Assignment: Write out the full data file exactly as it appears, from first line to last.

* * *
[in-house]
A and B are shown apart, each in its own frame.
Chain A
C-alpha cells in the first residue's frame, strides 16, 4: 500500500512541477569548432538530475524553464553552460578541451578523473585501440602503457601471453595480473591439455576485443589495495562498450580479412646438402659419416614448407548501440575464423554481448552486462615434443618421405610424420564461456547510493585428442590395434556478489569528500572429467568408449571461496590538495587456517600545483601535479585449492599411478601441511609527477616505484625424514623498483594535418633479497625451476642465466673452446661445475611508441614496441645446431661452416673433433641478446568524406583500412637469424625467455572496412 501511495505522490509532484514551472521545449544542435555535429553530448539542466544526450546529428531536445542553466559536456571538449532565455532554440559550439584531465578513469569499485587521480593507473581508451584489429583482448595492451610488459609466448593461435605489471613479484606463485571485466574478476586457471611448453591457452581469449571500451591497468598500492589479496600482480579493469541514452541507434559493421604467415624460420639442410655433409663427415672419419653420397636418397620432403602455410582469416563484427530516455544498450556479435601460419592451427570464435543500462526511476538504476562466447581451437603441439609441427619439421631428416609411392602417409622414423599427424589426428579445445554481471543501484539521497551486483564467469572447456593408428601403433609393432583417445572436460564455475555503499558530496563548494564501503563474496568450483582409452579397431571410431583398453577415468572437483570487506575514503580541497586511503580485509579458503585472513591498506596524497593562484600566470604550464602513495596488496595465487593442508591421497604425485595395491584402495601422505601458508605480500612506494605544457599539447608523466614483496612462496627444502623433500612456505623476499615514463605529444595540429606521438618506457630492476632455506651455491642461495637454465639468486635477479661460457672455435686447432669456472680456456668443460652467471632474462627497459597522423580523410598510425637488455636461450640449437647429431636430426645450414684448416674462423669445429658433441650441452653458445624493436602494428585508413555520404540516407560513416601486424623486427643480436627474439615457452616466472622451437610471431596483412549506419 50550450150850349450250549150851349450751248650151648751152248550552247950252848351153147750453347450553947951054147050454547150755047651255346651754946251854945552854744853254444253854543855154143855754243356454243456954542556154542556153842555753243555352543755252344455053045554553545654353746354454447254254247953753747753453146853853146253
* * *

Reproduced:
[in-house]
A and B are shown apart, each in its own frame.
Chain A
C-alpha cells in the first residue's frame, strides 16, 4: 500500500512541477569548432538530475524553464553552460578541451578523473585501440602503457601471453595480473591439455576485443589495495562498450580479412646438402659419416614448407548501440575464423554481448552486462615434443618421405610424420564461456547510493585428442590395434556478489569528500572429467568408449571461496590538495587456517600545483601535479585449492599411478601441511609527477616505484625424514623498483594535418633479497625451476642465466673452446661445475611508441614496441645446431661452416673433433641478446568524406583500412637469424625467455572496412 501511495505522490509532484514551472521545449544542435555535429553530448539542466544526450546529428531536445542553466559536456571538449532565455532554440559550439584531465578513469569499485587521480593507473581508451584489429583482448595492451610488459609466448593461435605489471613479484606463485571485466574478476586457471611448453591457452581469449571500451591497468598500492589479496600482480579493469541514452541507434559493421604467415624460420639442410655433409663427415672419419653420397636418397620432403602455410582469416563484427530516455544498450556479435601460419592451427570464435543500462526511476538504476562466447581451437603441439609441427619439421631428416609411392602417409622414423599427424589426428579445445554481471543501484539521497551486483564467469572447456593408428601403433609393432583417445572436460564455475555503499558530496563548494564501503563474496568450483582409452579397431571410431583398453577415468572437483570487506575514503580541497586511503580485509579458503585472513591498506596524497593562484600566470604550464602513495596488496595465487593442508591421497604425485595395491584402495601422505601458508605480500612506494605544457599539447608523466614483496612462496627444502623433500612456505623476499615514463605529444595540429606521438618506457630492476632455506651455491642461495637454465639468486635477479661460457672455435686447432669456472680456456668443460652467471632474462627497459597522423580523410598510425637488455636461450640449437647429431636430426645450414684448416674462423669445429658433441650441452653458445624493436602494428585508413555520404540516407560513416601486424623486427643480436627474439615457452616466472622451437610471431596483412549506419 50550450150850349450250549150851349450751248650151648751152248550552247950252848351153147750453347450553947951054147050454547150755047651255346651754946251854945552854744853254444253854543855154143855754243356454243456954542556154542556153842555753243555352543755252344455053045554553545654353746354454447254254247953753747753453146853853146253